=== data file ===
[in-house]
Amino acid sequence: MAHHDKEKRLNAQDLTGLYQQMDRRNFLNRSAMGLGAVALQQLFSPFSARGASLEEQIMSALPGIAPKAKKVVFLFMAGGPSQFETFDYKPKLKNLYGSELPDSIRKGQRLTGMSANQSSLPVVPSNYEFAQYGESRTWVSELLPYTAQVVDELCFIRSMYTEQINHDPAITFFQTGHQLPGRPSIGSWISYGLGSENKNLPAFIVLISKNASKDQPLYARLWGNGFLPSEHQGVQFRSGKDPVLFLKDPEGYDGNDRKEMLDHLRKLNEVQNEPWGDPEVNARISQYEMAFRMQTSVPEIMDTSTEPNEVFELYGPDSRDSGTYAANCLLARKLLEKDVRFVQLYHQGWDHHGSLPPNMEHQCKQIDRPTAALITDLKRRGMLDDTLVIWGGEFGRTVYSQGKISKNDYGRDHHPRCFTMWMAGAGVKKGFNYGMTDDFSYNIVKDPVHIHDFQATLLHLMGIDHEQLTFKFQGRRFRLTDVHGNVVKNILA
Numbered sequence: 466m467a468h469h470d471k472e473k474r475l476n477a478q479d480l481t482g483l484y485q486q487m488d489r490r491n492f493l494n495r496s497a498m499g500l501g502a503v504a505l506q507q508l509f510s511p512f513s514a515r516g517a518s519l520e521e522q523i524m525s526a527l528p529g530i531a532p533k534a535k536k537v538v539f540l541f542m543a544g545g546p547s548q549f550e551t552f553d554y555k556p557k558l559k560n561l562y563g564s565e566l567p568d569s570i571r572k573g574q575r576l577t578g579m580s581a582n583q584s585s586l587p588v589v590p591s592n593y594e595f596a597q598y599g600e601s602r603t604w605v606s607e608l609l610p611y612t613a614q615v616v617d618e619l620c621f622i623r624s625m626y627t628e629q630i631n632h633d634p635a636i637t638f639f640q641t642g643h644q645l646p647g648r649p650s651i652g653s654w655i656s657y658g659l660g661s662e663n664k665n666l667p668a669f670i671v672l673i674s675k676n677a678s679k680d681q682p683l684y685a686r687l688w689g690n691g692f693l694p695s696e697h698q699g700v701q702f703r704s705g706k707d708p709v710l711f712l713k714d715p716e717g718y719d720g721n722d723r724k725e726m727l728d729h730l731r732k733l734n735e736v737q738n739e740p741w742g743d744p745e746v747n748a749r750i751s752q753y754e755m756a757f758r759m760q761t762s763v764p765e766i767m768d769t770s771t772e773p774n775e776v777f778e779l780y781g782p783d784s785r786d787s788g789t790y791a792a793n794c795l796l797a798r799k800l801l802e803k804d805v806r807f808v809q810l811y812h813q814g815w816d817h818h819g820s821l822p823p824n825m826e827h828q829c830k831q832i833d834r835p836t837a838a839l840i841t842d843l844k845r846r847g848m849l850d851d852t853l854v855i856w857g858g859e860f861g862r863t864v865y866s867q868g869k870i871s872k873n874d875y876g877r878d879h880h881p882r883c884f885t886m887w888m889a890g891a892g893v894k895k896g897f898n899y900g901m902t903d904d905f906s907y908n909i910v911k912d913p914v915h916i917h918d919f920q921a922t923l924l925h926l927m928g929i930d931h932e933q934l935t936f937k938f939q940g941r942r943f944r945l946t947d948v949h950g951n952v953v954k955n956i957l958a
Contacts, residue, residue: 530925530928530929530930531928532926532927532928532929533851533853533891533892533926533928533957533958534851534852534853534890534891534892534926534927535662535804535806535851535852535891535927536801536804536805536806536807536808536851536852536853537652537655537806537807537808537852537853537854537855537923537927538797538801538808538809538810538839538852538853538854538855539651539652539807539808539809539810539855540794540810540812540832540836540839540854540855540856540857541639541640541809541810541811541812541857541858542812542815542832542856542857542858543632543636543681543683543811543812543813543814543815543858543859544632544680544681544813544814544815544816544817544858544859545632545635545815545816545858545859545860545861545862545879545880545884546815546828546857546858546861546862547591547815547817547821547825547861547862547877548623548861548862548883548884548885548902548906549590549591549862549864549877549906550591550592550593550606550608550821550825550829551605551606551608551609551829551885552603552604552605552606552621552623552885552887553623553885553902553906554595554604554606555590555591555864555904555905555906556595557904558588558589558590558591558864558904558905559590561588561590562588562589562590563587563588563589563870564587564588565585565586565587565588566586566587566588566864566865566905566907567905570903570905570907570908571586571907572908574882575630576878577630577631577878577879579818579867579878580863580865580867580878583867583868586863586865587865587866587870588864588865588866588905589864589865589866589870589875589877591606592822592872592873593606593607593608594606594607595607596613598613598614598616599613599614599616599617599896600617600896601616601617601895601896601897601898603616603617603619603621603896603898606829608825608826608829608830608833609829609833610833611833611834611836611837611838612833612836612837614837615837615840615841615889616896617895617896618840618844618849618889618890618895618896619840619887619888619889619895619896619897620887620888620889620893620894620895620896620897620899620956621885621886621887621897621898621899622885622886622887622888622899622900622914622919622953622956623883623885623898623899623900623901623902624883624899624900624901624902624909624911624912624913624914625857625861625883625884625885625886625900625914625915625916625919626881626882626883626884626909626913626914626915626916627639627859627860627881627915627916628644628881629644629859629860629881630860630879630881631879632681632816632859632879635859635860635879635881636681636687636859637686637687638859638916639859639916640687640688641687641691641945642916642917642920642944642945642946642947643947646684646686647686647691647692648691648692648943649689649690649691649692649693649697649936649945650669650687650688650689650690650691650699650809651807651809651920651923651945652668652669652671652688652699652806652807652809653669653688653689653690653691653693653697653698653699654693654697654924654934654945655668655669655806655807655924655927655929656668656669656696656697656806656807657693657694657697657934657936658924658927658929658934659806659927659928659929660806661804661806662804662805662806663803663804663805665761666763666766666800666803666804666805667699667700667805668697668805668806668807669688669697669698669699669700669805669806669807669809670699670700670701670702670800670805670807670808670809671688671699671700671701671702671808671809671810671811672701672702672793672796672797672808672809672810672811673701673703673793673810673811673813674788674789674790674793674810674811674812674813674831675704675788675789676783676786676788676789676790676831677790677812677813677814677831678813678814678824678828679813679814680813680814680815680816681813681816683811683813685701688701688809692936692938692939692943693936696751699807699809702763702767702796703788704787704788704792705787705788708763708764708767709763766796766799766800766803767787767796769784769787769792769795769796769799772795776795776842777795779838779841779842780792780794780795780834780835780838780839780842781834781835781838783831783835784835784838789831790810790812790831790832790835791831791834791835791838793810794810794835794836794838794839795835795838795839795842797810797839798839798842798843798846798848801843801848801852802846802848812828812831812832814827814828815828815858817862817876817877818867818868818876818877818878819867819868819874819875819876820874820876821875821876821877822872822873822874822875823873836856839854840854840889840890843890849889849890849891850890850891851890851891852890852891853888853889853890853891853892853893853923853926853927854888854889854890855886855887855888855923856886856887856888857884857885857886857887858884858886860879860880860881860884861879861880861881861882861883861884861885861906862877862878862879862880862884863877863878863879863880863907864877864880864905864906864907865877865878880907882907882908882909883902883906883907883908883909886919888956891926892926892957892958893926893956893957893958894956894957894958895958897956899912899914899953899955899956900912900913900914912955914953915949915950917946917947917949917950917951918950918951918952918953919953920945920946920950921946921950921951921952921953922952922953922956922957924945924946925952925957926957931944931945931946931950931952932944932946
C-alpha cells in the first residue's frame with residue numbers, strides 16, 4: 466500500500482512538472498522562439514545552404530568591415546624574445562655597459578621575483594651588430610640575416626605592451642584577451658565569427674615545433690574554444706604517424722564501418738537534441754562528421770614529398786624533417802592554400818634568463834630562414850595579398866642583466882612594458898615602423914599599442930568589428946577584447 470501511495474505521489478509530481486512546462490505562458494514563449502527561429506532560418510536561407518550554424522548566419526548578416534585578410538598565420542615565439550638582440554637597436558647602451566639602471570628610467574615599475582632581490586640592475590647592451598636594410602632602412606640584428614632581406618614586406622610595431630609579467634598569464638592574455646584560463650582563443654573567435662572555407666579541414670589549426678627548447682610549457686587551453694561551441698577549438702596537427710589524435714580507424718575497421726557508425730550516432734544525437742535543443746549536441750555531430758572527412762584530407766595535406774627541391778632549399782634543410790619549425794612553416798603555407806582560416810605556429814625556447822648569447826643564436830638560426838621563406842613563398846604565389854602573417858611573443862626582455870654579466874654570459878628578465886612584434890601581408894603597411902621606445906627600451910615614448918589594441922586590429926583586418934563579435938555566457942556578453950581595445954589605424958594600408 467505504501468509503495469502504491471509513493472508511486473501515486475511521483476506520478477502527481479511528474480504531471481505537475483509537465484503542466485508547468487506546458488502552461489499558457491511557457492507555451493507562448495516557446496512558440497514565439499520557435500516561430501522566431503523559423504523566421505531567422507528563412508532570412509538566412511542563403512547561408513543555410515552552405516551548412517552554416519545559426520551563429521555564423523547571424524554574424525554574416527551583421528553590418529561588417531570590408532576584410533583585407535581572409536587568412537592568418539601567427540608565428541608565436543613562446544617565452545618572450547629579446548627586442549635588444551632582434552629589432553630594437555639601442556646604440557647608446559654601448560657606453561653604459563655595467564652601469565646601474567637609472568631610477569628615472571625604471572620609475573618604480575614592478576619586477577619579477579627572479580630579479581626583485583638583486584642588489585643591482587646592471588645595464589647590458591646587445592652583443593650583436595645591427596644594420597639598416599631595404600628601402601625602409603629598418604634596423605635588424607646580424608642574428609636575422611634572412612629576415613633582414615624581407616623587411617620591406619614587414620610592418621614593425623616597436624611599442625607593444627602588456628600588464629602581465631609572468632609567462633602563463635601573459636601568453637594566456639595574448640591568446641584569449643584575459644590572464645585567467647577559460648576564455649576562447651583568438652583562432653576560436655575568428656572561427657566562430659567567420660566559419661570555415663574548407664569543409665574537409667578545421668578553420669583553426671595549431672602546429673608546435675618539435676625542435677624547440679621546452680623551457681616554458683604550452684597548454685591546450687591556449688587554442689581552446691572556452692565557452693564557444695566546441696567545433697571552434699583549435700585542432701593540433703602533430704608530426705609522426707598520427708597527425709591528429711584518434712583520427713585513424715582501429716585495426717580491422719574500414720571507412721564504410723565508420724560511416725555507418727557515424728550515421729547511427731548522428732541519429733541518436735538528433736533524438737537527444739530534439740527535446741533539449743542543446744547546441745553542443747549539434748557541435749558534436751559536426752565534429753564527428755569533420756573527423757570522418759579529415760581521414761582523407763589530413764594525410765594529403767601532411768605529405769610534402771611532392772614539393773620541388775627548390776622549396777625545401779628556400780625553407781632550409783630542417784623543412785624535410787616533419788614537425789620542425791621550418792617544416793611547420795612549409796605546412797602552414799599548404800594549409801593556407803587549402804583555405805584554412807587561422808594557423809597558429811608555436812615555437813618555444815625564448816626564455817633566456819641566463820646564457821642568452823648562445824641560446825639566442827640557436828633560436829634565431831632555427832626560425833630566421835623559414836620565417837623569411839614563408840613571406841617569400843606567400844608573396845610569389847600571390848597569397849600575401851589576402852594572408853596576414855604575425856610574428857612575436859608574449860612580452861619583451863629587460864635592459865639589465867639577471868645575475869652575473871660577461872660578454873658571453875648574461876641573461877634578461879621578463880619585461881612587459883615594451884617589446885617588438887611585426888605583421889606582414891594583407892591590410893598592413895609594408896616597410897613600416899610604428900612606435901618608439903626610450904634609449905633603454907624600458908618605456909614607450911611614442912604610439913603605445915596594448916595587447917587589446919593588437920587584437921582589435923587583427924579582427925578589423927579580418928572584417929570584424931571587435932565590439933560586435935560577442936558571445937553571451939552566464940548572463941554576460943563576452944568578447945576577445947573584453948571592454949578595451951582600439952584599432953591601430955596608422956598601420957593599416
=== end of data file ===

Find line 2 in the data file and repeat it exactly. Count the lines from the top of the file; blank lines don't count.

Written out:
Amino acid sequence: MAHHDKEKRLNAQDLTGLYQQMDRRNFLNRSAMGLGAVALQQLFSPFSARGASLEEQIMSALPGIAPKAKKVVFLFMAGGPSQFETFDYKPKLKNLYGSELPDSIRKGQRLTGMSANQSSLPVVPSNYEFAQYGESRTWVSELLPYTAQVVDELCFIRSMYTEQINHDPAITFFQTGHQLPGRPSIGSWISYGLGSENKNLPAFIVLISKNASKDQPLYARLWGNGFLPSEHQGVQFRSGKDPVLFLKDPEGYDGNDRKEMLDHLRKLNEVQNEPWGDPEVNARISQYEMAFRMQTSVPEIMDTSTEPNEVFELYGPDSRDSGTYAANCLLARKLLEKDVRFVQLYHQGWDHHGSLPPNMEHQCKQIDRPTAALITDLKRRGMLDDTLVIWGGEFGRTVYSQGKISKNDYGRDHHPRCFTMWMAGAGVKKGFNYGMTDDFSYNIVKDPVHIHDFQATLLHLMGIDHEQLTFKFQGRRFRLTDVHGNVVKNILA